Note how the Redux typings let us pass our AppState type to combineReducers.

So how are the individual reducers constructed? In bare-bones Redux we simply make a pure function with a big switch statement. ReduxActions however has a handleActions helper that makes for less cruft. Here's how we can use that to make a reducer dealing with the two message-related actions:

const messagingReducer = handleActions<MessagingState>(
[addUIMessage.toString()]: (state, action: Action<addUIMessagePayload>): MessagingState => ({
nextId: state.nextId + 1,
messages: [{...action.payload, id: state.nextId}].concat(state.messages)
[dismissUIMessage.toString()]: (state, action: Action<dismissUIMessagePayload>): MessagingState => ({
messages: state.messages.filter(m => !== action.payload)

Note how we use the .toString of the action creators, saving us from having to import the constants.

And through the Action<actionCreatorPayload> typing we get the correct type for action.payload inside the handler:

This is kind of neat, but there are still two drawbacks here:

  • The typings don't cascade, we have to add MessagingState at the top and at every individual handler
  • We have to reference the action creators in both the key and the value, leaving room for mismatches.

The first point is discussed in this ReduxActions PR, where Leon Yu explains that the dictionary form prevents type cascade. He then suggests a builder-like solution, which also happens to solve the second point!

Here's how my implementation of his idea is used:

const messagingReducer = buildReducer<MessagingState>()
.handle(addUIMessage, (state, action) => ({
lastMessage: state.lastMessage + 1,
messages: [{...action.payload, id: state.lastMessage + 1}].concat(state.messages)
.handle(dismissUIMessage, (state, action) => ({
messages: state.messages.filter(m => !== action.payload)

Far fewer typings (we don't even need to import the action payload types!), no room to connect the wrong handler with the wrong type, and still full support for state, payload and return type:

Granted, having to call .done() at the end might feel a bit boilerplaty, but I still much prefer this helper to the handleActions one from ReduxActions shown earlier.

Here's the source code for the buildReducer helper:

import { Reducer, Action } from 'redux-actions';
import { ActionCreator } from 'redux';

type builderObject<TState> = {
handle: <TPayload>(
creator: ActionCreator<Action<TPayload>>,
reducer: Reducer<TState, TPayload>
) =>
done: () => Reducer<TState, Action<any>>

function buildReducer<TState>(): builderObject<TState> {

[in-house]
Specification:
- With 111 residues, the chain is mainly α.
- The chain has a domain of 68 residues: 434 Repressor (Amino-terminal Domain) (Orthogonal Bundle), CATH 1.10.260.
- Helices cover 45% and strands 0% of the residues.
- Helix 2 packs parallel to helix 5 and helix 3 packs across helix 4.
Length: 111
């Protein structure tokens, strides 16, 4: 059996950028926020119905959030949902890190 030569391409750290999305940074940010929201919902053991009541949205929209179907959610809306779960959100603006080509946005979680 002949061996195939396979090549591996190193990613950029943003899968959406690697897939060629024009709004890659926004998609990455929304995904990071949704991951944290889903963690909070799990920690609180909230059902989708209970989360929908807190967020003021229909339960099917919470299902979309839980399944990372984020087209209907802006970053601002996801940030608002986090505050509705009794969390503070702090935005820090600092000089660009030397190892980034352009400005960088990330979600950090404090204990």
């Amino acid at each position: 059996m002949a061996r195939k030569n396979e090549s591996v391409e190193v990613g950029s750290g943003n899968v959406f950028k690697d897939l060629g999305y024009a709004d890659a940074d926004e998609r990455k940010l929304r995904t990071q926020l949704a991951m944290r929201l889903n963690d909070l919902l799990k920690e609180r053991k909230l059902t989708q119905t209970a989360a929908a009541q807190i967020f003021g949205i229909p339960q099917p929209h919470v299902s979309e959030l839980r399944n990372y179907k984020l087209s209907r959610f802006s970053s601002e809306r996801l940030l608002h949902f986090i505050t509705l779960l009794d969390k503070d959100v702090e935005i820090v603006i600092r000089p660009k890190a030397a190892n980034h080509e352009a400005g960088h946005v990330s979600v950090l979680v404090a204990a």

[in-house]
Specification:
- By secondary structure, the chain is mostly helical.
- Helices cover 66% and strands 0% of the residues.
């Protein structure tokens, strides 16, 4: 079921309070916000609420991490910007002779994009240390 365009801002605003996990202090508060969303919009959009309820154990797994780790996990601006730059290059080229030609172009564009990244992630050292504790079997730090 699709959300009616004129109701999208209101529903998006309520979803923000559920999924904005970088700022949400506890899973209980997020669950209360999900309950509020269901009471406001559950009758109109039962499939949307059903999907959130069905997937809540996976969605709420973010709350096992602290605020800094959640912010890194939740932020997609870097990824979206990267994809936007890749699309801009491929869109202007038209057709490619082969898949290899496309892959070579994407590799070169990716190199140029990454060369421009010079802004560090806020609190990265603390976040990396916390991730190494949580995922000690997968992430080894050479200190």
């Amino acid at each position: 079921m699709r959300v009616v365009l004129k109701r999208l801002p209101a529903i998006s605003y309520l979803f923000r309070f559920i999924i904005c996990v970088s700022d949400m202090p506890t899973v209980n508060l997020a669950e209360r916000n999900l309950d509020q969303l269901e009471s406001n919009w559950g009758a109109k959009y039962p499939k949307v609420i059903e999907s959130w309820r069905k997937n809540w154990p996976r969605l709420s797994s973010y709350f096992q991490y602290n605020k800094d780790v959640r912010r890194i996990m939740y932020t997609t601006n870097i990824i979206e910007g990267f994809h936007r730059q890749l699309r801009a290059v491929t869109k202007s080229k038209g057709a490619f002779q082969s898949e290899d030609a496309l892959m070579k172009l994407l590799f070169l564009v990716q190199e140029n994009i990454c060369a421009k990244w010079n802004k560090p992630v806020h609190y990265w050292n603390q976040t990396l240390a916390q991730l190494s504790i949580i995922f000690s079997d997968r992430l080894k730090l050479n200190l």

let map: { [action: string]: Reducer<TState, any>; } = {};
return {
handle(creator, reducer) {
const type = creator.toString();
if (map[type]) {
throw new Error (`Already handling an action with type ${type}`);
map[type] = reducer;
return this;
done() {
const mapClone = Object.assign({}, map);
return (state: TState = {} as any, action: Action<any>) => {
let handler = mapClone[action.type];
return handler ? handler(state, action) : state;

The store

If we just create the store directly with createStore, the type will be inferred from the reducer (even if we didn't have initial state):

When using an enhancer such as created by applyMiddleware, we must type the variable ourselves:

const store: Store<AppState> = applyMiddleware(thunk, logger)(createStore)(reducer, initialState);

But since that's only ever done once, that isn't really an issue.

As for the middlewares themselves, Redux has a MiddlewareAPI<S> typing. So with a tiny app-specific helper type...

type API = MiddlewareAPI<AppState>;

...we can type the middlewares:

import {  }
const logger = (api: API) => next => action => {
console.log('dispatching', action.type, action);
let result = next(action);
console.log('next state', api.getState());
return result;

Wrapping up

I'm pretty happy with this setup - not much typings necessary, but I still get full TypeScript support throughout.

There are some itches I'd like to scratch further. For example, having to feed the action creator argument types up top to createAction is a bit iffy:

const addUIMessage = createAction<addUIMessagePayload, string, UIMessageType>(
ADD_UI_MESSAGE, (text, type) => ({text, type})

I would much prefer to do this:

const addUIMessage = createAction<addUIMessagePayload>(
ADD_UI_MESSAGE, (text: string, type: UIMessageType) => ({text, type})

This should be doable, I need to explore further.

Also I'm looking at exposing the actions on the store instance instead of having a dispatch function and a separate action object. Why let the user ever dispatch anything except what is born from an action creator?

Finally the Middleware typings are lacking. I'd like to do something like this up top:

const logger: Middleware<AppState> = // ...

...and just have everything below it, including next and action, be correctly inferred. But as middlewares are few and one-off, setting that up isn't really a priority.

Anyhow - I hope this setup is of use to you too, and if you have any feedback, please do comment or reach out!

And as initially stated, I'll detail the React parts of my setup in an upcoming post.